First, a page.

Jared Savage confronts a tourist who's seemingly unaffected by the former concentration camp's sombre atmosphere.

There's one in every tour group. You know the one. The person who asks all the questions of the guide. The one who then adds their own thoughts, opinions, or facts to the guide's answer. "Did you know ..." The person who stands too close to the guide's microphone, giving all the other tourists a running commentary.

Often, this person runs around taking photograph after photograph - looking, but not really taking in anything.

Slowly, but surely, all other members of the tour group begin to turn against this rogue traveller. You know this is happening when you exchange frustrated glances, sometimes accompanied by rolling eyes.

I had the misfortune of this experience in that most sombre of destinations, Auschwitz. There's not a lot of chit-chat while exploring the concentration camp where so many lost their lives.


Our guide was a lovely Polish lady, probably in her early 60s. Her father-in-law survived Auschwitz and on his deathbed made her promise that she would become a guide there. That was 28 years ago - and she's done it nearly every day since.

So it was somewhat jarring when her softly spoken, slightly accented English was consistently interrupted by the nasal twang of a couple from New York.

The pair completely dominated all dialogue with our knowledgeable guide. She was gracious enough to patiently deal with their running commentary, which often contradicted or questioned what she was saying. Their presence began to irk, but the worst was to come.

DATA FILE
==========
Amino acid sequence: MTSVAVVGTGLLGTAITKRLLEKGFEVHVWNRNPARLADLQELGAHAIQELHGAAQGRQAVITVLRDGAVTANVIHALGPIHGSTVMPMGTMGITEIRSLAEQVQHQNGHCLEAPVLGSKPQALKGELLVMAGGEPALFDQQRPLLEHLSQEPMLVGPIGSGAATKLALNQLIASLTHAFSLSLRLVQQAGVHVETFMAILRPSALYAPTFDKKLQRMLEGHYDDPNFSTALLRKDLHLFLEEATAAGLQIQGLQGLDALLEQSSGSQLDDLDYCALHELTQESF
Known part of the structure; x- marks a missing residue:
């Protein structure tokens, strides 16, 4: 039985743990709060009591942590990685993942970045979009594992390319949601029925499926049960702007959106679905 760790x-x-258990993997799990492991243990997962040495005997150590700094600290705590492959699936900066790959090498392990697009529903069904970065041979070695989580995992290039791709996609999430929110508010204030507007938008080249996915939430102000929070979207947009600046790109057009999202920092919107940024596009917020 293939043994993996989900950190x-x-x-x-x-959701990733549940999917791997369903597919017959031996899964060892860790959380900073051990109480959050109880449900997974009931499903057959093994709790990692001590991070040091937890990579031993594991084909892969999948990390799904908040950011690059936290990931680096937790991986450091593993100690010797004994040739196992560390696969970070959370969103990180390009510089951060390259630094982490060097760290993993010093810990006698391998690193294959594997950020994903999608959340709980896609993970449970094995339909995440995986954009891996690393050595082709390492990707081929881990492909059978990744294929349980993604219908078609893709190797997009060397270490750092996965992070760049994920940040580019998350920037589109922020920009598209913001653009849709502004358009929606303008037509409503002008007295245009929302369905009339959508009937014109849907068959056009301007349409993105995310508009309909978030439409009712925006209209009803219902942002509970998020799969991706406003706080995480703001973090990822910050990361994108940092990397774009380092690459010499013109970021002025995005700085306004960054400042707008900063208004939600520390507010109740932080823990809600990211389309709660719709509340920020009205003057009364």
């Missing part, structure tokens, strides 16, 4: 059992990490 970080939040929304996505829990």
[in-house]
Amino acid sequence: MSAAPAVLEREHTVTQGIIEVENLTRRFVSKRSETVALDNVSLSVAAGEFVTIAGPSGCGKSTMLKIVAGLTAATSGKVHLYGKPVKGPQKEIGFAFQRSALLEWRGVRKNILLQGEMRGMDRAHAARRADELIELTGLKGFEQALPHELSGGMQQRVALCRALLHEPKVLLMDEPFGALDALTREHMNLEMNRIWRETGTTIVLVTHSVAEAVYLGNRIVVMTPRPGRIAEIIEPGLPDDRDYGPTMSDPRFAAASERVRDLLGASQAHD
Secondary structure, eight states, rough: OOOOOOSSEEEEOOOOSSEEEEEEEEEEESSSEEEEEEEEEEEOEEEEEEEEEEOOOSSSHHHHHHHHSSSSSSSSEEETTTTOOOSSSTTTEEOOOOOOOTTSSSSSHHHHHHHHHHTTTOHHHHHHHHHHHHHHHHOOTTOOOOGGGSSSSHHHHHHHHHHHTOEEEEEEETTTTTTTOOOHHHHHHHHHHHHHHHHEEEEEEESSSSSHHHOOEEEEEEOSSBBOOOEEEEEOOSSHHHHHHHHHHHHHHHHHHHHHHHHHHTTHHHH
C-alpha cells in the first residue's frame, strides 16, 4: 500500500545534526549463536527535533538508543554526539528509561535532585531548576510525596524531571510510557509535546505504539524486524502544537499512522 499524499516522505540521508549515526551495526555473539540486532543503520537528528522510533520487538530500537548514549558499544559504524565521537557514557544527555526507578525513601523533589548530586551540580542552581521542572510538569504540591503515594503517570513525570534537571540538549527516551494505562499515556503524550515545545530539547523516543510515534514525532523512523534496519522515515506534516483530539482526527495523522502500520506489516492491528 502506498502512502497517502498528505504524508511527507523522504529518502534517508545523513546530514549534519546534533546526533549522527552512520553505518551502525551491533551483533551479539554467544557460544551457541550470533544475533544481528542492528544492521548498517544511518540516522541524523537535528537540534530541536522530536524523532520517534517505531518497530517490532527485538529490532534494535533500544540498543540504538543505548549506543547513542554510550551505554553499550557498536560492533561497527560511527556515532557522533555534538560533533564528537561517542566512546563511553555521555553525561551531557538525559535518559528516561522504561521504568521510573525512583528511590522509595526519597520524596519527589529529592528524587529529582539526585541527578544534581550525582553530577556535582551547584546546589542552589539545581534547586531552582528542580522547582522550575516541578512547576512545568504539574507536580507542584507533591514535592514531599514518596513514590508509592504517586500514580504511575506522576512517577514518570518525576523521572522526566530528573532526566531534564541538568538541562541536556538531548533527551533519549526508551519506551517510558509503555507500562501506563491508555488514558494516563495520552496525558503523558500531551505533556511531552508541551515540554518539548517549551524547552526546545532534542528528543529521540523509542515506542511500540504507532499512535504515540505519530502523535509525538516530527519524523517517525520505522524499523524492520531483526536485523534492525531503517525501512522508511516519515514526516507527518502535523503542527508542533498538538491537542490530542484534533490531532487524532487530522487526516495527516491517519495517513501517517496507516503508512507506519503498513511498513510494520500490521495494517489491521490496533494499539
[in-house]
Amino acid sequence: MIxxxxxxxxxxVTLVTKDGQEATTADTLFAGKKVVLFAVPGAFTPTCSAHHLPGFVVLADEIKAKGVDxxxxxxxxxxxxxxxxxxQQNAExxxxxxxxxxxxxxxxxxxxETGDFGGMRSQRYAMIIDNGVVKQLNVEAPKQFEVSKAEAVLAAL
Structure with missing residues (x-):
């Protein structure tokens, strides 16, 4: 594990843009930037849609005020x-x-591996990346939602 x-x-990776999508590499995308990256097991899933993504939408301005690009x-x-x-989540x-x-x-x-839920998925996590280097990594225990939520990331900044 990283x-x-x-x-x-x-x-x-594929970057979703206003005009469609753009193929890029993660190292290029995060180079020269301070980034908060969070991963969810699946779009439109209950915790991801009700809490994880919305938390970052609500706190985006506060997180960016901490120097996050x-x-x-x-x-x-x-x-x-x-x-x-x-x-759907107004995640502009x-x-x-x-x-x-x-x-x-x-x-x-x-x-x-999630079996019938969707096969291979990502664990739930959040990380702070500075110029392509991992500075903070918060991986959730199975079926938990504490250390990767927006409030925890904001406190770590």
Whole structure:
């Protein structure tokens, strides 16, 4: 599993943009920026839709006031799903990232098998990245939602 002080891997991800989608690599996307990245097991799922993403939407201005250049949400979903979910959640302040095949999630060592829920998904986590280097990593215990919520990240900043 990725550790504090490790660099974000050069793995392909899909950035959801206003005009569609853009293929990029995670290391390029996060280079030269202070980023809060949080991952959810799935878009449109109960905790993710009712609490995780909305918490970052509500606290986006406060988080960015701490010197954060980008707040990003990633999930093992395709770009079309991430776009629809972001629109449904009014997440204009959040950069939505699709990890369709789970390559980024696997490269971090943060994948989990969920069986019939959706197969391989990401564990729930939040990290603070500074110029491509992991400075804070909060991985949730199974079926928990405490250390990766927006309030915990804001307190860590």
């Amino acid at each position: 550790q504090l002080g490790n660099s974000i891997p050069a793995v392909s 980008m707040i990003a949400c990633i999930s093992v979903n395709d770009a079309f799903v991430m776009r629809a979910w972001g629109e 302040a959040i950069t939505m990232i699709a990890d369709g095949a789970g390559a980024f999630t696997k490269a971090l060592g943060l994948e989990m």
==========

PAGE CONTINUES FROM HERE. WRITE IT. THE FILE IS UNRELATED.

Auschwitz is a place the Polish and Jewish communities do not want the world to forget.

Photography is welcomed in all but two places: the room full of the shaved hair of thousands of men, women and children, and a prison block with cells the size of broom cupboards. Both are off limits and clearly signposted as such. No photographs are even needed in those rooms - it's impossible to forget what you see.

Our snap-happy friend even double-checked with the guide - no pictures at all in those rooms - and seemingly made all the right moves to comply. Brazenly, as soon as her back was turned he pulled out the camera and whirred away. This is the hair of prisoners who were killed in the gas chambers. I was too shocked to say anything. But I was flabbergasted when, at the next no-camera zone, he put the flash on to illuminate the pitch-black cells, so small that prisoners had to stand up when the door was shut.

I quietly confronted him and he quickly deleted the offending frames. This elicited a few smiles from our fellow tourists and guide.

The embarrassment didn't last long. Towards the end of the tour, a Jewish group was openly mourning outside a memorial site at the larger Birkenau camp. In such a bleak setting, the sound was eerie and most travellers felt awkward about intruding on such a private moment, even from a great distance. Not for our friend.

He marched right up to the group, who were gathered around a praying Rabbi, their shoulders draped with Star of David flags. He then folded his arms, struck a pose - and asked his wife to take a photo. To be fair, the mourners had their backs to him. But this is a warning and a reminder to all travellers. Don't be the one.

Getting there: Emirates flies from Auckland to Warsaw via their hub in Dubai.

Further information: See auschwitz.org.